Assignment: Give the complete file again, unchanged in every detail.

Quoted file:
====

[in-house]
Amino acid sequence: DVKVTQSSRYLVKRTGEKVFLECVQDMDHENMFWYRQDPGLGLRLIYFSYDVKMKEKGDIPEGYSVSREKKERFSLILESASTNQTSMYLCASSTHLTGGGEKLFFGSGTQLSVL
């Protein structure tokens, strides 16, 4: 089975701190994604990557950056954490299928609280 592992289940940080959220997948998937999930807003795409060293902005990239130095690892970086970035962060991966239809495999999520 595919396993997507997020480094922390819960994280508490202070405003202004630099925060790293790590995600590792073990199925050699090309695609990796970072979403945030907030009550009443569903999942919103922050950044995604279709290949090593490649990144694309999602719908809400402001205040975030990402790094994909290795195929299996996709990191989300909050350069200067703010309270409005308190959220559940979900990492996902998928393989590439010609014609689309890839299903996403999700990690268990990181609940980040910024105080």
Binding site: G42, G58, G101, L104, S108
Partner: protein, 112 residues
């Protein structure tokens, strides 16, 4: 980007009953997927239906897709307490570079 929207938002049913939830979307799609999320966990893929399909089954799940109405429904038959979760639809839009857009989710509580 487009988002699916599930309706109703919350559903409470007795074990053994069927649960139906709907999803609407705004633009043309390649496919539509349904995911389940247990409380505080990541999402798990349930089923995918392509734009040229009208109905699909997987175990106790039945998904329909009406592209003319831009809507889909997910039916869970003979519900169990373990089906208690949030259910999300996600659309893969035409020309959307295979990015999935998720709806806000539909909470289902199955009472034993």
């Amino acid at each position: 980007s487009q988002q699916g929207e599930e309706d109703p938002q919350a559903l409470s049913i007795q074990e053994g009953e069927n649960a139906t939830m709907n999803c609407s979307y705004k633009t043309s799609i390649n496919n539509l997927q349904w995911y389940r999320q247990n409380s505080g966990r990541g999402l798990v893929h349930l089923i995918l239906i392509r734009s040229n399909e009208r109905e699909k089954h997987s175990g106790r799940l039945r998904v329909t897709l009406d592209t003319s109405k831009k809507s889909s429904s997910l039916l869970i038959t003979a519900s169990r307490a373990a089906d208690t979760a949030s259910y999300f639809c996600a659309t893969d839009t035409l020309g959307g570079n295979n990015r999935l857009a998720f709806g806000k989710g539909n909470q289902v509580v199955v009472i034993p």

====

[in-house]
Amino acid sequence: DVKVTQSSRYLVKRTGEKVFLECVQDMDHENMFWYRQDPGLGLRLIYFSYDVKMKEKGDIPEGYSVSREKKERFSLILESASTNQTSMYLCASSTHLTGGGEKLFFGSGTQLSVL
């Protein structure tokens, strides 16, 4: 089975701190994604990557950056954490299928609280 592992289940940080959220997948998937999930807003795409060293902005990239130095690892970086970035962060991966239809495999999520 595919396993997507997020480094922390819960994280508490202070405003202004630099925060790293790590995600590792073990199925050699090309695609990796970072979403945030907030009550009443569903999942919103922050950044995604279709290949090593490649990144694309999602719908809400402001205040975030990402790094994909290795195929299996996709990191989300909050350069200067703010309270409005308190959220559940979900990492996902998928393989590439010609014609689309890839299903996403999700990690268990990181609940980040910024105080």
Binding site: G42, G58, G101, L104, S108
Partner: protein, 112 residues
């Protein structure tokens, strides 16, 4: 980007009953997927239906897709307490570079 929207938002049913939830979307799609999320966990893929399909089954799940109405429904038959979760639809839009857009989710509580 487009988002699916599930309706109703919350559903409470007795074990053994069927649960139906709907999803609407705004633009043309390649496919539509349904995911389940247990409380505080990541999402798990349930089923995918392509734009040229009208109905699909997987175990106790039945998904329909009406592209003319831009809507889909997910039916869970003979519900169990373990089906208690949030259910999300996600659309893969035409020309959307295979990015999935998720709806806000539909909470289902199955009472034993």
């Amino acid at each position: 980007s487009q988002q699916g929207e599930e309706d109703p938002q919350a559903l409470s049913i007795q074990e053994g009953e069927n649960a139906t939830m709907n999803c609407s979307y705004k633009t043309s799609i390649n496919n539509l997927q349904w995911y389940r999320q247990n409380s505080g966990r990541g999402l798990v893929h349930l089923i995918l239906i392509r734009s040229n399909e009208r109905e699909k089954h997987s175990g106790r799940l039945r998904v329909t897709l009406d592209t003319s109405k831009k809507s889909s429904s997910l039916l869970i038959t003979a519900s169990r307490a373990a089906d208690t979760a949030s259910y999300f639809c996600a659309t893969d839009t035409l020309g959307g570079n295979n990015r999935l857009a998720f709806g806000k989710g539909n909470q289902v509580v199955v009472i034993p």